China’s Internet population has reached 564 million largely due to the growth in adoption of mobile technology, according to the China Internet Network Information Center (CNNIC). As more citizens begin using the Internet, the government is also strengthening its propaganda efforts online: capital city Beijing is now equipped with 60,000 propaganda workers “in the system” and two million “outside the system,” making one out of every ten Beijingers a “propaganda worker” according to a statement by Beijing Vice Mayor Lu Wei.
The Vietnamese government has also admitted that it hired 1,000 propaganda workers to influence online comments to support the government.
In France, a report commissioned by President François Hollande suggests the government should levy a tax on Internet companies which have made profits by collecting users’ personal information.
A U.S. District Court Judge has ruled against Agence France-Presse (AFP) for using and distributing photos taken by photographer Daniel Morel on the day of Haiti earthquake in 2010, which were then distributed and uploaded to Twitter by various users. While AFP claims that they are allowed to do so according to Twitter’s Terms of Service, the terms also include language stating that users may only post their own content.
The Norwegian government will present a new bill to restrict file sharing activities by blocking websites like The Pirate Bay after failed attempts by rightsholders to have the site censored by ISPs.
Sovereigns of Cyberspace
French telecommunications corporation Orange claims that it has successfully reached a deal with Google in which Google has to pay for sending high volumes of traffic through Orange’s network, which occurs when users access services such as its search engine and YouTube.
Chinese search engine Baidu has joined with France Telecom to develop a customised mobile browser to serve customers in Africa and the Middle East.
European Commissioner for Digital Agenda Neelie Kroes said in an op-ed (fr) published in French newspaper Libération that “public interest is not in opposition with consumers subscribing to limited Internet offers, more differentiated, possibly cheaper” (translated by La Quadrature Du Net). The statement has stirred speculation that the commissioner will not defend network neutrality.
On a promising note, Slovenia has followed in the lead of the Netherlands by passing network neutrality legislation which ensures an open and neutral Internet and does not allow Internet service providers to discriminate between different types of online traffic.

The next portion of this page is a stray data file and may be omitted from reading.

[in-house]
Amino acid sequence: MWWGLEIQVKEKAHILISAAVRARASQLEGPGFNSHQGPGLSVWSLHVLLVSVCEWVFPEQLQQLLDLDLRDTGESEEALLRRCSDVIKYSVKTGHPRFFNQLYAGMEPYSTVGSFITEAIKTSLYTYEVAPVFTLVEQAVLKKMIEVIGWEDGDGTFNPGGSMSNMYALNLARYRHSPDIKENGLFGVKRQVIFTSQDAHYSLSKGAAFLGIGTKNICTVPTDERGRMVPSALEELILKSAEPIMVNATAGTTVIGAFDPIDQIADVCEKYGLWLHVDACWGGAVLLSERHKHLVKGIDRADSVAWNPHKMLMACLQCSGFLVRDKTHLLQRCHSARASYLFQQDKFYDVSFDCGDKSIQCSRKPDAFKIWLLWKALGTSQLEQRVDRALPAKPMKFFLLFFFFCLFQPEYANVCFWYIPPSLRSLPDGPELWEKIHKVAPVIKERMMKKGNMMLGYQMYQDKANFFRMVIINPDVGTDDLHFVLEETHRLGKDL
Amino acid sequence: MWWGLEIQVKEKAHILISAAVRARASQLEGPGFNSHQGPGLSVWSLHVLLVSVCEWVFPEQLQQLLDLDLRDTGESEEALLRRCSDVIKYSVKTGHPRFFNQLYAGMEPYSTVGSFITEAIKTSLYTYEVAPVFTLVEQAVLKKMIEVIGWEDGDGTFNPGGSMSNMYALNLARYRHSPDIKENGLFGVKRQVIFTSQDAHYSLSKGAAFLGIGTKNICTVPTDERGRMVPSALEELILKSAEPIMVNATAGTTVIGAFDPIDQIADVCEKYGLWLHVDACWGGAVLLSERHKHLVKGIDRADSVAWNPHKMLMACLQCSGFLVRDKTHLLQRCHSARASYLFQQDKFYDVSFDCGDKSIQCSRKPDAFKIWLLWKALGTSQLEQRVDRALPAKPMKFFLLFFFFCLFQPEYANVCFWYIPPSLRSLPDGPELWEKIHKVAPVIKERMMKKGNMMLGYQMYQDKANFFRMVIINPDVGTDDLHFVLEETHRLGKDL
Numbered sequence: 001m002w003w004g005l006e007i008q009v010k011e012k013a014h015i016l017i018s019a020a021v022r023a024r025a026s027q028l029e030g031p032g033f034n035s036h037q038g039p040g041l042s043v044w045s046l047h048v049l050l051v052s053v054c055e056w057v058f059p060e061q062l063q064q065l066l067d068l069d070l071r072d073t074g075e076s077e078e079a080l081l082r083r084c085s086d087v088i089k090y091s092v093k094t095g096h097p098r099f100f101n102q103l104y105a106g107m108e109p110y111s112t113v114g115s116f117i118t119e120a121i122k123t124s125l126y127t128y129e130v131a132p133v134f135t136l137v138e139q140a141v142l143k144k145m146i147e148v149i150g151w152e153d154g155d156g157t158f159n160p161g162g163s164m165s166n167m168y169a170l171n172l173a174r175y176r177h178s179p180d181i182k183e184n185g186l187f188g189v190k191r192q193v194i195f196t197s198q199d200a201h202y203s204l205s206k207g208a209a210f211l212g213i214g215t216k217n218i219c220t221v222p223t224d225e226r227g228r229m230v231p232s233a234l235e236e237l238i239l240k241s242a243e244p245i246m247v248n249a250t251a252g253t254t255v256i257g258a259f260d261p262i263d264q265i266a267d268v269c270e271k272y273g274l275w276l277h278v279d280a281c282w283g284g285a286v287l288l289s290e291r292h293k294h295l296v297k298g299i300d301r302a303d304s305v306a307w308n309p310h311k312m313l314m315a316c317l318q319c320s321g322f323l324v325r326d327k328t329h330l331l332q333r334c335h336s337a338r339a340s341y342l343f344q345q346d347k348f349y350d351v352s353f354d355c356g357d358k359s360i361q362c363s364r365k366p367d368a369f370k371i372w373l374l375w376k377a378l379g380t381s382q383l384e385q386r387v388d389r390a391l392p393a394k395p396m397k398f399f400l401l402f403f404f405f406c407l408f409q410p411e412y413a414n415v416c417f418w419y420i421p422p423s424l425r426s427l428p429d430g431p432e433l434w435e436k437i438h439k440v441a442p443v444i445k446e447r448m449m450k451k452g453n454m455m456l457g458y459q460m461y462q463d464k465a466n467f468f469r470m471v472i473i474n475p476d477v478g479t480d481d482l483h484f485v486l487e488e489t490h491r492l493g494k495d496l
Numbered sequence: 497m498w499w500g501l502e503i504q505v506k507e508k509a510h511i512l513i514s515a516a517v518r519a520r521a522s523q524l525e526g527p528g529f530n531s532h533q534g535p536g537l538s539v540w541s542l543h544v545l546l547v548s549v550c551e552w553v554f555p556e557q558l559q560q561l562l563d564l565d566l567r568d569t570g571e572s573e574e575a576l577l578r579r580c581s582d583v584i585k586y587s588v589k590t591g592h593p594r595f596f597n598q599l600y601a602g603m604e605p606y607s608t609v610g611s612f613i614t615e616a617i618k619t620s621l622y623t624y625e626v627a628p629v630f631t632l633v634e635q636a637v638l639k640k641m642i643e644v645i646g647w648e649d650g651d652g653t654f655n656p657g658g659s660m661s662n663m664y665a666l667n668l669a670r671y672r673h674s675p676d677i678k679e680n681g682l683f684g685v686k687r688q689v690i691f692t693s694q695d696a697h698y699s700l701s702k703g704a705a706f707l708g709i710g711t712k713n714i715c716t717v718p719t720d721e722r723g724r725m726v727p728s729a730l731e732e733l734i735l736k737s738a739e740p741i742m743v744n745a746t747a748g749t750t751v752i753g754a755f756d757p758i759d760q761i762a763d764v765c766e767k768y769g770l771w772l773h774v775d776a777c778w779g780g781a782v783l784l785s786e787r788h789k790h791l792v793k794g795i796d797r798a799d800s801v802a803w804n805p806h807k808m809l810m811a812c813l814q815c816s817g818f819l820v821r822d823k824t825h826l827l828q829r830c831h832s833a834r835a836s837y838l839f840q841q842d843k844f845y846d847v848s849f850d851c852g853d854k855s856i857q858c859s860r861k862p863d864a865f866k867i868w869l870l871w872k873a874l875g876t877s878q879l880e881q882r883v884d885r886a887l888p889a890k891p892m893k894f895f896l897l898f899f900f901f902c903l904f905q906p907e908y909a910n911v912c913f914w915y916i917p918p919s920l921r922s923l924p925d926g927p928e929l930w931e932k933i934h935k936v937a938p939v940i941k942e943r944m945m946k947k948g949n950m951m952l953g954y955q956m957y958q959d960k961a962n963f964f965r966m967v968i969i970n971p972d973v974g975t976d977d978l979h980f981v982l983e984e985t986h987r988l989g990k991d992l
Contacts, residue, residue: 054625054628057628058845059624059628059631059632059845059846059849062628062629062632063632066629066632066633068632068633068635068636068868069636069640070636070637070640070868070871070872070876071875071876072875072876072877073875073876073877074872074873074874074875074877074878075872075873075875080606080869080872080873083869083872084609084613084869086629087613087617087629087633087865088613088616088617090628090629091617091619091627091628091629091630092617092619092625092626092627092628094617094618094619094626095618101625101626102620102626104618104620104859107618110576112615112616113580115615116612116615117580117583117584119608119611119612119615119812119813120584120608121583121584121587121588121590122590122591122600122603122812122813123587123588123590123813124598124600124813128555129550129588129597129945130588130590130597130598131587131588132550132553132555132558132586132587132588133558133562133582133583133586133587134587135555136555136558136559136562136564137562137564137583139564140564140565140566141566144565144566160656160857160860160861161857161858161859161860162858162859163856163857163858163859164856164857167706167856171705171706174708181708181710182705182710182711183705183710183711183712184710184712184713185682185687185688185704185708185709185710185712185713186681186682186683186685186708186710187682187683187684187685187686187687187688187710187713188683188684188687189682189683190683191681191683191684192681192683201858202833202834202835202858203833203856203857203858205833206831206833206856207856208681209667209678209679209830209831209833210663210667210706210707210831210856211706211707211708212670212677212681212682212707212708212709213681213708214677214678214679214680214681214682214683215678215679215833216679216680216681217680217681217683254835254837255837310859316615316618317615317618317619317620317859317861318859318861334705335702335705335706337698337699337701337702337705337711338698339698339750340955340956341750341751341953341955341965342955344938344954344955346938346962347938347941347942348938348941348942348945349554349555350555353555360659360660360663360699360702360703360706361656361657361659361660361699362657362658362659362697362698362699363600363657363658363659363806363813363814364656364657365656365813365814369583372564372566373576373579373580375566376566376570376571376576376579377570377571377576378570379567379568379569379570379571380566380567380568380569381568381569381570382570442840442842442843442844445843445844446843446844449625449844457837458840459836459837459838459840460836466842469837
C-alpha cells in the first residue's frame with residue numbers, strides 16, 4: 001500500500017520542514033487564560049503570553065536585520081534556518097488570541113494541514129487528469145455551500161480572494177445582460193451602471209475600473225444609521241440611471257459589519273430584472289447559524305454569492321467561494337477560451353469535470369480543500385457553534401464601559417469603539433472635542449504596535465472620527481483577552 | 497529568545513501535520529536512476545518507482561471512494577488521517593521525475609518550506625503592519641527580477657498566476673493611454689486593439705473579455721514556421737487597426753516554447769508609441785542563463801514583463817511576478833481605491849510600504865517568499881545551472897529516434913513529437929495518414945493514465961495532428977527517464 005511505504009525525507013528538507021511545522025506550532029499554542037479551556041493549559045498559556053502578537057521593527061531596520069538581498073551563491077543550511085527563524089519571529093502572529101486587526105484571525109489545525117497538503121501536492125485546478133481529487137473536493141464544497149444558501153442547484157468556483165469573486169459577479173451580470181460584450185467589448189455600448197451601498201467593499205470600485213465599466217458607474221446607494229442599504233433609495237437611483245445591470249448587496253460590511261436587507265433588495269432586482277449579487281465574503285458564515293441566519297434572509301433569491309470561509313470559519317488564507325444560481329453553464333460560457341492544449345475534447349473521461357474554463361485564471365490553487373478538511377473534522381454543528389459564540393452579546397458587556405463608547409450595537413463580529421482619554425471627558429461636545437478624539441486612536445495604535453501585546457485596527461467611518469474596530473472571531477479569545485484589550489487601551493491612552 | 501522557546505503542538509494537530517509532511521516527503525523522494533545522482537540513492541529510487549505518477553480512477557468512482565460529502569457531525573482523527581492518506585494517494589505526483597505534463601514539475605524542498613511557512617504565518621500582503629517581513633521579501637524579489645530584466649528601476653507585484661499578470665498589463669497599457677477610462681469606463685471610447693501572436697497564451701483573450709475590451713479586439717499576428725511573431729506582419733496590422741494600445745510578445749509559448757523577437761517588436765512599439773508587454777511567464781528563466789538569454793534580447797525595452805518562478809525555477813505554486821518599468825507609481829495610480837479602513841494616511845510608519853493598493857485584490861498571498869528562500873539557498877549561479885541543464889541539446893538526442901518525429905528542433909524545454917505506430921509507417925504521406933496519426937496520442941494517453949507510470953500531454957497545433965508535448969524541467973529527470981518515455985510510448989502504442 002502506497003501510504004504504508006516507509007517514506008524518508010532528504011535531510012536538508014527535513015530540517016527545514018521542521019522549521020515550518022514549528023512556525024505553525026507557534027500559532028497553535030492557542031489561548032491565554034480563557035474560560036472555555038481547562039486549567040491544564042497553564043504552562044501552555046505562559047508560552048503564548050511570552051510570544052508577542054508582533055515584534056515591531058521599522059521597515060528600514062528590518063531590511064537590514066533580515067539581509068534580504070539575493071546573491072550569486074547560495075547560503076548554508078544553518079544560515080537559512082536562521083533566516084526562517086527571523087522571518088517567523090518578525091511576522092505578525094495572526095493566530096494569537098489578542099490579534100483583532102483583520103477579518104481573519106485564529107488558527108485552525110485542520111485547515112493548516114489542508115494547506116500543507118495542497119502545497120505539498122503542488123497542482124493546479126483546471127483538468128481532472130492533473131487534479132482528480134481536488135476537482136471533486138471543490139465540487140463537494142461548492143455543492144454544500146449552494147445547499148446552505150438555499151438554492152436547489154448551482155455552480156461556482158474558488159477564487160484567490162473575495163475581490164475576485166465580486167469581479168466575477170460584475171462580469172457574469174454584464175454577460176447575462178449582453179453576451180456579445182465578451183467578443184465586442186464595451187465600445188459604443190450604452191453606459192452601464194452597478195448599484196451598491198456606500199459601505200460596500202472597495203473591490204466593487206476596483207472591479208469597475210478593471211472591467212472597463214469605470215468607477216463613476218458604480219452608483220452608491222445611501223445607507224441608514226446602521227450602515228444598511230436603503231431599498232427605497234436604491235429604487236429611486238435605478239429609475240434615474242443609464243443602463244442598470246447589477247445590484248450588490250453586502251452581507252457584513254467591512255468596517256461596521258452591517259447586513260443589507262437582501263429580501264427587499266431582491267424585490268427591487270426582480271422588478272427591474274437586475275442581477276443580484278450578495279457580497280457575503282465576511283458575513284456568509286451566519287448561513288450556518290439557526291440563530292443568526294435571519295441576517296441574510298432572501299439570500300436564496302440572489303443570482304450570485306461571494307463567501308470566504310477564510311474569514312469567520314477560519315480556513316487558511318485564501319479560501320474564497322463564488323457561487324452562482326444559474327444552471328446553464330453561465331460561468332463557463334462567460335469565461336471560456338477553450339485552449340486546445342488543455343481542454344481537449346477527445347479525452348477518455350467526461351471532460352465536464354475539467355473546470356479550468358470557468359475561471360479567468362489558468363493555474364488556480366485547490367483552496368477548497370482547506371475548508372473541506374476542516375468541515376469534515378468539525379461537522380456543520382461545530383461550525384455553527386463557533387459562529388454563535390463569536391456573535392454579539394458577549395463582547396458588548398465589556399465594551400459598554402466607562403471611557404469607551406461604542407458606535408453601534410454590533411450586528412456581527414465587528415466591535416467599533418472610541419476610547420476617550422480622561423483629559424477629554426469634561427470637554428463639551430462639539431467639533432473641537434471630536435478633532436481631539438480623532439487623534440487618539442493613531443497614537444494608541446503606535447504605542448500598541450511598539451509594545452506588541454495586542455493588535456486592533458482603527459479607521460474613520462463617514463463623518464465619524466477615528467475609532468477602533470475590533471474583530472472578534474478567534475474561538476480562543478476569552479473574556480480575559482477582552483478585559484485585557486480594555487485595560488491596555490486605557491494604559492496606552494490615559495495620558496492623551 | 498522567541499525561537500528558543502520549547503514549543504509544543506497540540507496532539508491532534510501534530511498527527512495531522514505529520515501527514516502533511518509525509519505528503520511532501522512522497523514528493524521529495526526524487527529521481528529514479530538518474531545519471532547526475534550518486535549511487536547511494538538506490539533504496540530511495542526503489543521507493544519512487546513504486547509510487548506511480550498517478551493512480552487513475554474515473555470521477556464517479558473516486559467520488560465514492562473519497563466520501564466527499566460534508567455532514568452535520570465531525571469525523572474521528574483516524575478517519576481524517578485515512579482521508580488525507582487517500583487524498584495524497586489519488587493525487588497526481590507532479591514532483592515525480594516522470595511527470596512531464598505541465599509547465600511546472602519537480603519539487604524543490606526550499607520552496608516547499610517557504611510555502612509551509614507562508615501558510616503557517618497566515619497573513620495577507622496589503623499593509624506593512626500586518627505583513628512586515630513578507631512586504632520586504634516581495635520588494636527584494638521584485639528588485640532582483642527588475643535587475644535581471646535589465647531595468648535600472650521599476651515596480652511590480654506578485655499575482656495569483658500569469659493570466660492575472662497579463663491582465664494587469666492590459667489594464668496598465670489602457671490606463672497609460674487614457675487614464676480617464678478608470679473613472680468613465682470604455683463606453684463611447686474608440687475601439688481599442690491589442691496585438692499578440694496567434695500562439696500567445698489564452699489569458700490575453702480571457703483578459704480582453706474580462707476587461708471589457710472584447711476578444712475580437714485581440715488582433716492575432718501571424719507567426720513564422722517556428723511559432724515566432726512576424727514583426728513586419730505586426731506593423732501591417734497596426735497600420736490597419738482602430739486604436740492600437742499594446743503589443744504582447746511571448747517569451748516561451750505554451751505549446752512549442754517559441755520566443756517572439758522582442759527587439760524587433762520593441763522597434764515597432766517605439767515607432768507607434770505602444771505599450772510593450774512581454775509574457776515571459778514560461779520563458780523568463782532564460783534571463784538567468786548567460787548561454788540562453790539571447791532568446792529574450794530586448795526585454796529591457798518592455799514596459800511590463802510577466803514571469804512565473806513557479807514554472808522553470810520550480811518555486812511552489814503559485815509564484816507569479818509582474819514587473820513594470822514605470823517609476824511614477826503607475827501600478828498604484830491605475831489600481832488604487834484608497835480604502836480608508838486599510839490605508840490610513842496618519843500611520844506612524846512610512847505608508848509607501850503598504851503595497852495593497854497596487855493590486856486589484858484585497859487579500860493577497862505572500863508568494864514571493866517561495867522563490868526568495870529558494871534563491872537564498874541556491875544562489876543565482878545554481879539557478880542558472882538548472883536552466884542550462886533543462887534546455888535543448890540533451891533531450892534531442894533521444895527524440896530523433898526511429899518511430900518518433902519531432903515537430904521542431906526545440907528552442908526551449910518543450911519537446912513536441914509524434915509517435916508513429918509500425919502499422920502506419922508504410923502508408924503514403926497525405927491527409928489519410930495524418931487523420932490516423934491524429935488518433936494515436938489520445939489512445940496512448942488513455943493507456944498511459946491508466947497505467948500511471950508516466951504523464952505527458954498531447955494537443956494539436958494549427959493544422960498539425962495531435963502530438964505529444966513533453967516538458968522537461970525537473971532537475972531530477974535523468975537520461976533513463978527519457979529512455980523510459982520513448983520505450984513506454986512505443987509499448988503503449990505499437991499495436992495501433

Russian Internet security firm Kaspersky Labs removed malware known as “Red October” from its servers. The malware had infected servers worldwide, though with a particular emphasis on Russia and state offices within Russia's federal government. Although the hosting servers are situated in Russia and Germany, Kapersky declined to reveal the hackers behind the malware.
January 18th, 2013 marked the one-year anniversary of the anti-SOPA/PIPA campaign when many websites staged a blackout to protest against copyright legislation in the United States. The blackout was part of a joint effort undertaken by civil society and private sector actors to pressure members of Congress to drop the legislation, which they did. Many US-based digital rights advocates celebrated this anniversary by establishing January 18th as Internet Freedom Day and urging their constituencies to take action on various ongoing and upcoming challenges to freedom online.
Police in Beijing, China's capital, raided a computer class which offered free Internet use lessons to people who had traveled to Beijing from other provinces to petition the government for justice after having had their rights infringed by officials in their home cities and towns. The police have detained the teacher, Hu Junxiong, who is also a human rights activist.
The Wikimedia Foundation has launched a new program to offer grants to “support individual Wikimedians or small teams to complete projects that benefit the Wikimedia movement.” The deadline for proposals is February 15.
Publications and Studies
- Freedom House: Freedom in the World 2013.
- Electronic Frontier Foundation: Surveillance Camp: Mapping Strategies to Counteract Online Spying in Latin America.
- Citizenlab : Planet Blue Coat: Mapping Global Censorship and Surveillance Tools
For upcoming events related to the future of citizen rights in the digital age, see the Global Voices Events Calendar.